For Henderson teacher Rachel Ray, words are a type of glue tying one math concept to another. That’s why she listens – really listens – when her students explain how to illustrate double digits with words before they even try to count them out with their hands.
Finding various ways to depict the number 12 might be easy for adults. But the roughly 30 students at South Heights Elementary School who have been targeted for additional math instruction haven’t reached that point in their education.
For them, the number 12 might still be somewhat of a mystery. And that’s where the Primary Mathematics Intervention Initiative comes in.
“We do an activity as a group or in pairs,” Ray said of the program, which at this point is in the final year of a two-year, $130,000 total grant at the school. “And when we finish, we talk a lot about math. If they make a mistake, they get to explain how they figured out their answer. That is how I get to see how they think.”
That means Ray spends just as much time talking about vocabulary as she does teaching her students that there are multiple ways to solve a problem. Take the assignment to find different ways to portray the number 34.
After a bit of hand-wringing, the students figure out four answers: three 10-segment rods and four one-piece blocks, two 10- segment rods and 14 one-piece blocks, 34 one-piece blocks, and one 10-segment rod and 24 onepiece blocks.
Those are the answers Ray likes to hear. The kids are starting to figure out what makes up the number 34, what creates the number – what it is to be 34.
But it’s clear, from the way the five girls in her 45-minute class hesitate, that they don’t all understand the assignment. That means the lesson isn’t over, even if that day’s session is. But that’s all right, since the students seem to like being in the class.
“The main thing is … it’s a safe environment,” Ray said. “They feel comfortable where they can make a mistake and not have a meltdown. I usually hear that the kids have increased confidence and that they are more willing to participate and take a risk to think of another way to solve a problem.”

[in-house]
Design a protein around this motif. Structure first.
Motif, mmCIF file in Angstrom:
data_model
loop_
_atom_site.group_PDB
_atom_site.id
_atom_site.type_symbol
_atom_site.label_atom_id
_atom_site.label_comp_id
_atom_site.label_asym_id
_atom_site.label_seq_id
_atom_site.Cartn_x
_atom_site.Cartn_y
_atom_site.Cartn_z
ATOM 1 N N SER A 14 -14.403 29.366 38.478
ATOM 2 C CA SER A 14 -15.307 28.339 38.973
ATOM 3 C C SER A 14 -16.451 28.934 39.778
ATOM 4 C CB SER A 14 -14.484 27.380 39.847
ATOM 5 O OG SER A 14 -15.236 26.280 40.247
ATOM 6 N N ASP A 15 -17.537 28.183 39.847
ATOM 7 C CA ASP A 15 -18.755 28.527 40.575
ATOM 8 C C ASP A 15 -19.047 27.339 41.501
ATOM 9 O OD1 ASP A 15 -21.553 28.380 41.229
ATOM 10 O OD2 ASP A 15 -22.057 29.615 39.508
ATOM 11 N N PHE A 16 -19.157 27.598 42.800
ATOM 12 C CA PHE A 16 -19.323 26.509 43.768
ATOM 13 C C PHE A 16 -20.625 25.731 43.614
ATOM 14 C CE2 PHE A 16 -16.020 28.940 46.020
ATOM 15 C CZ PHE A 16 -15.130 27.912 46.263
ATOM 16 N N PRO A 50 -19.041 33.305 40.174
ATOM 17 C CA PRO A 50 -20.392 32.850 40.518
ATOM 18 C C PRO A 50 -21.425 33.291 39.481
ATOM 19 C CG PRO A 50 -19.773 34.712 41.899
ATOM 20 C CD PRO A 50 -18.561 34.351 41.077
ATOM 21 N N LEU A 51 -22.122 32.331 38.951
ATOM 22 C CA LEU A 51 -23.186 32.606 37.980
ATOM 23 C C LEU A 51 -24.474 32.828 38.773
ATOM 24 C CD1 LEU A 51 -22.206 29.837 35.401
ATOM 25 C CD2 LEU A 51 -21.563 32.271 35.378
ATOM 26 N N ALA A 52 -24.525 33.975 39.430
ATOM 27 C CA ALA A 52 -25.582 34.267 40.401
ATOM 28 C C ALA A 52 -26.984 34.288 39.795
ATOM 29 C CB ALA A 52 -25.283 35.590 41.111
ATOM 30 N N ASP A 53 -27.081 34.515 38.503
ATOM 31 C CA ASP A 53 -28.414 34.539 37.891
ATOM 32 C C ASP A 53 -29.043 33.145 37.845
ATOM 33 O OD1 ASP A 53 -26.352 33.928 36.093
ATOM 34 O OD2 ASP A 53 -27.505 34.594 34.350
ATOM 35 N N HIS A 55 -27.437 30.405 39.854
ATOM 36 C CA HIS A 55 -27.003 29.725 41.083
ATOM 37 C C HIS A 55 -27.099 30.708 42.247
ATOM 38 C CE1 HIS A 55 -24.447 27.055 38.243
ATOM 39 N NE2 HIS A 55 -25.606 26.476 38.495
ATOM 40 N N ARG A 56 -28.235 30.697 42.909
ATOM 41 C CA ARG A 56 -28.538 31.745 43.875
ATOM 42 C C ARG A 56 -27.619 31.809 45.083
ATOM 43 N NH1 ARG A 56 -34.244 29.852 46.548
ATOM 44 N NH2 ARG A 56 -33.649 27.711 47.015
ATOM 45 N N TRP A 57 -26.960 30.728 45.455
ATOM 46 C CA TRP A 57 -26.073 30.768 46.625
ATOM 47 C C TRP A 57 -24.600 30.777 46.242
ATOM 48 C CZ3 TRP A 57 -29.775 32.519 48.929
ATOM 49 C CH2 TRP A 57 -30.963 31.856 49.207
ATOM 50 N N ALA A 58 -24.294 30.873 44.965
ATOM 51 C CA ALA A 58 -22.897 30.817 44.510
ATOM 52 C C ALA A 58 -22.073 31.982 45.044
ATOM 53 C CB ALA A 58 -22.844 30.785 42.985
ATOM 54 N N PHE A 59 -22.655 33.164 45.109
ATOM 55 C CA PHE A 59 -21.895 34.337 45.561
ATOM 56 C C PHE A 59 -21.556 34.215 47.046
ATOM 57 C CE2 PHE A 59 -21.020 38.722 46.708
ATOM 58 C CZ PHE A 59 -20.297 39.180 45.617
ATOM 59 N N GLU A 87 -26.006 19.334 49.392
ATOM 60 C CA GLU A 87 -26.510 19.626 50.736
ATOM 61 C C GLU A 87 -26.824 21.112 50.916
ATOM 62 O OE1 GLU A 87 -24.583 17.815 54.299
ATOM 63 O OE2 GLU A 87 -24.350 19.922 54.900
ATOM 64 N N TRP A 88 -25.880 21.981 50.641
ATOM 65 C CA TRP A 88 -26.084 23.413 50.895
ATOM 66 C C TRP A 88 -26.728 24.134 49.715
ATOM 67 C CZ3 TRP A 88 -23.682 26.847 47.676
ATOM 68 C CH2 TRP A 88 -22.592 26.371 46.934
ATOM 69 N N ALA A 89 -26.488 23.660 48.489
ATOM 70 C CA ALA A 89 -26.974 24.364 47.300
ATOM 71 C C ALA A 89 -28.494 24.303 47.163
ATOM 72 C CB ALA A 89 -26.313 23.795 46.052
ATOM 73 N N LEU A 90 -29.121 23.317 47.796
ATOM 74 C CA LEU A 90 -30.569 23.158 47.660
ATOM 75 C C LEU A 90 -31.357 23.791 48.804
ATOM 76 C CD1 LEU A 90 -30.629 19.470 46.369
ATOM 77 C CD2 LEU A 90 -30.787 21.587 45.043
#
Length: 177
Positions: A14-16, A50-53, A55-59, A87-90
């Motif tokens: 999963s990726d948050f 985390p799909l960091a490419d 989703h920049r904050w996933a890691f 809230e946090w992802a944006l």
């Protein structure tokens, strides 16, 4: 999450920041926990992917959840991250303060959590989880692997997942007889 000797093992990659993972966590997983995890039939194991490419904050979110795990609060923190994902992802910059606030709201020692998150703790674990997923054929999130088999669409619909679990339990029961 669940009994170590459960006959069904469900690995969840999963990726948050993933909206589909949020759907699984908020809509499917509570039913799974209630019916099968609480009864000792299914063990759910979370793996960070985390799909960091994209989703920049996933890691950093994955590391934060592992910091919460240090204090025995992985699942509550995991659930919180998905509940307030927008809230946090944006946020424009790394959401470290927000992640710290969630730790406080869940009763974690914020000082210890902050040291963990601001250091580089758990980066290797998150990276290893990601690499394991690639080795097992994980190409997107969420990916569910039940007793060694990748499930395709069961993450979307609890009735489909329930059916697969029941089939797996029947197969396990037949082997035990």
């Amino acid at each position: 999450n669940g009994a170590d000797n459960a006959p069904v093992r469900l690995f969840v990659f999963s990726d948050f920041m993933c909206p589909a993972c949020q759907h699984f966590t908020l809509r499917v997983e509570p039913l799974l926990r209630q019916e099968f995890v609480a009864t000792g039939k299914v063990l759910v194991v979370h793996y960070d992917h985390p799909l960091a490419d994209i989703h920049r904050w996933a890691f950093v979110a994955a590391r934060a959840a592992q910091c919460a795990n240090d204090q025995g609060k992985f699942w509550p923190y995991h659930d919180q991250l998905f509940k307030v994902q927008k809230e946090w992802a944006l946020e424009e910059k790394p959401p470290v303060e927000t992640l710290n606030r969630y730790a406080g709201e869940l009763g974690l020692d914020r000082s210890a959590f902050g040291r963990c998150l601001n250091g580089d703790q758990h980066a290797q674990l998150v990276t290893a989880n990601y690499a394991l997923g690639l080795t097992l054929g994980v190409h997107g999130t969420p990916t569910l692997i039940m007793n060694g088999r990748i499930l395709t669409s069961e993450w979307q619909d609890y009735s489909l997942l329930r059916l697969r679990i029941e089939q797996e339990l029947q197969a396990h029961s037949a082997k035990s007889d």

Funded by the Kentucky Department of Education, the program has helped some schools solve their problems, too. And the hope is that its teachings may continue at South Heights even after the grant funding ends, Ray said. The funding itself has gone to pay for Ray’s salary, travel expenses, training, curriculum, technology and other needs to implement the two-year program.
Last year, Ray focused on first- and second-graders, while this year, she is targeting secondand third-graders. Also, special needs students in kindergarten through third grade are using the curriculum, as are other kindergarten through second-grade students who are struggling with math.
Statewide, kindergartners who were involved in the Primary Mathematics Intervention Initiative finished the year scoring higher than 64 percent of all students nationally. Their peers who did not receive the same teaching scored higher than only 36 percent of all students, according to the Kentucky Center for Mathematics, which is researching the program.
First-graders statewide who were part of the program scored higher than 49 percent of all students. Since these students started the year scoring higher than only 7 percent to 8 percent of all students, the gains are dramatic, the Kentucky Center for Mathematics said. They also mean that an early focus on numbers is beginning to get as much attention as early literacy, the Center said.
“We couldn’t be more pleased with these results,” said Alice Gabbard, director of diagnostic intervention for the Kentucky Center for Mathematics. “We hope for continued support to sustain this program because it is desperately needed for building a foundation in numeracy that will allow all Kentucky students to excel.”
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